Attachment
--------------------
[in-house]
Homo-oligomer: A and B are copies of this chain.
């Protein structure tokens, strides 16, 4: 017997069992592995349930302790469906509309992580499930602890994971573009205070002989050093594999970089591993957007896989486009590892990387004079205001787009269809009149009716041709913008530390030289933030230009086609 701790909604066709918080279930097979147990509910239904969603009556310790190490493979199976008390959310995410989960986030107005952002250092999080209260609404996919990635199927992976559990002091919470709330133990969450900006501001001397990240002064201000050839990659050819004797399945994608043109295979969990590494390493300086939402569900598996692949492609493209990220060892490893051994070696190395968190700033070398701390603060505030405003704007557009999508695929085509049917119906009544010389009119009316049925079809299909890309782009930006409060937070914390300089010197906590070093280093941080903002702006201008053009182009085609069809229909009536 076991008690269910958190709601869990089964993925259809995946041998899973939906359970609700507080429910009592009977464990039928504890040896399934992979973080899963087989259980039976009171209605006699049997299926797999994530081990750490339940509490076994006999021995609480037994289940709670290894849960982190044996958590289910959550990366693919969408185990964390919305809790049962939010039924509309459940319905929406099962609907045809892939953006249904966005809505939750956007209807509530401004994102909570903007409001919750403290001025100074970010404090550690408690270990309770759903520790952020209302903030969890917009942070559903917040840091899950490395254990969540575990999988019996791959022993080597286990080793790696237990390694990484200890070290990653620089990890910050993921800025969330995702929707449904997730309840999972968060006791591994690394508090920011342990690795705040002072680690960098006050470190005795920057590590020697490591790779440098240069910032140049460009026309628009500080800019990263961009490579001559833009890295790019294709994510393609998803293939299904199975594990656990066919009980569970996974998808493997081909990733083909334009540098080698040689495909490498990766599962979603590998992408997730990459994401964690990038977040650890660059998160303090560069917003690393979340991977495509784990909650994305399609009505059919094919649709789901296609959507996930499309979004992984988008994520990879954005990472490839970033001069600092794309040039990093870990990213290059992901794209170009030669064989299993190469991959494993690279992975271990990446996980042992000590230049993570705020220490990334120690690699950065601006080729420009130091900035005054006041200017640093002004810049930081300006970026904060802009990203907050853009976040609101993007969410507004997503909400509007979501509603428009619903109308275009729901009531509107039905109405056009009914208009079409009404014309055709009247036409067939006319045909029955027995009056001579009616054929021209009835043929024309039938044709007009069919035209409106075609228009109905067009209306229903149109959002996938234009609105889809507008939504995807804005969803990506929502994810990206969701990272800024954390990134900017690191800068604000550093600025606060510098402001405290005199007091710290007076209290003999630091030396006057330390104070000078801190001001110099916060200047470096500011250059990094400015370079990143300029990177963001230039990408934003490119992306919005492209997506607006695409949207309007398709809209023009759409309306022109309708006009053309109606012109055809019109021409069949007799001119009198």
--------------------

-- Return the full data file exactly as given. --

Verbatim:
[in-house]
Homo-oligomer: A and B are copies of this chain.
């Protein structure tokens, strides 16, 4: 017997069992592995349930302790469906509309992580499930602890994971573009205070002989050093594999970089591993957007896989486009590892990387004079205001787009269809009149009716041709913008530390030289933030230009086609 701790909604066709918080279930097979147990509910239904969603009556310790190490493979199976008390959310995410989960986030107005952002250092999080209260609404996919990635199927992976559990002091919470709330133990969450900006501001001397990240002064201000050839990659050819004797399945994608043109295979969990590494390493300086939402569900598996692949492609493209990220060892490893051994070696190395968190700033070398701390603060505030405003704007557009999508695929085509049917119906009544010389009119009316049925079809299909890309782009930006409060937070914390300089010197906590070093280093941080903002702006201008053009182009085609069809229909009536 076991008690269910958190709601869990089964993925259809995946041998899973939906359970609700507080429910009592009977464990039928504890040896399934992979973080899963087989259980039976009171209605006699049997299926797999994530081990750490339940509490076994006999021995609480037994289940709670290894849960982190044996958590289910959550990366693919969408185990964390919305809790049962939010039924509309459940319905929406099962609907045809892939953006249904966005809505939750956007209807509530401004994102909570903007409001919750403290001025100074970010404090550690408690270990309770759903520790952020209302903030969890917009942070559903917040840091899950490395254990969540575990999988019996791959022993080597286990080793790696237990390694990484200890070290990653620089990890910050993921800025969330995702929707449904997730309840999972968060006791591994690394508090920011342990690795705040002072680690960098006050470190005795920057590590020697490591790779440098240069910032140049460009026309628009500080800019990263961009490579001559833009890295790019294709994510393609998803293939299904199975594990656990066919009980569970996974998808493997081909990733083909334009540098080698040689495909490498990766599962979603590998992408997730990459994401964690990038977040650890660059998160303090560069917003690393979340991977495509784990909650994305399609009505059919094919649709789901296609959507996930499309979004992984988008994520990879954005990472490839970033001069600092794309040039990093870990990213290059992901794209170009030669064989299993190469991959494993690279992975271990990446996980042992000590230049993570705020220490990334120690690699950065601006080729420009130091900035005054006041200017640093002004810049930081300006970026904060802009990203907050853009976040609101993007969410507004997503909400509007979501509603428009619903109308275009729901009531509107039905109405056009009914208009079409009404014309055709009247036409067939006319045909029955027995009056001579009616054929021209009835043929024309039938044709007009069919035209409106075609228009109905067009209306229903149109959002996938234009609105889809507008939504995807804005969803990506929502994810990206969701990272800024954390990134900017690191800068604000550093600025606060510098402001405290005199007091710290007076209290003999630091030396006057330390104070000078801190001001110099916060200047470096500011250059990094400015370079990143300029990177963001230039990408934003490119992306919005492209997506607006695409949207309007398709809209023009759409309306022109309708006009053309109606012109055809019109021409069949007799001119009198």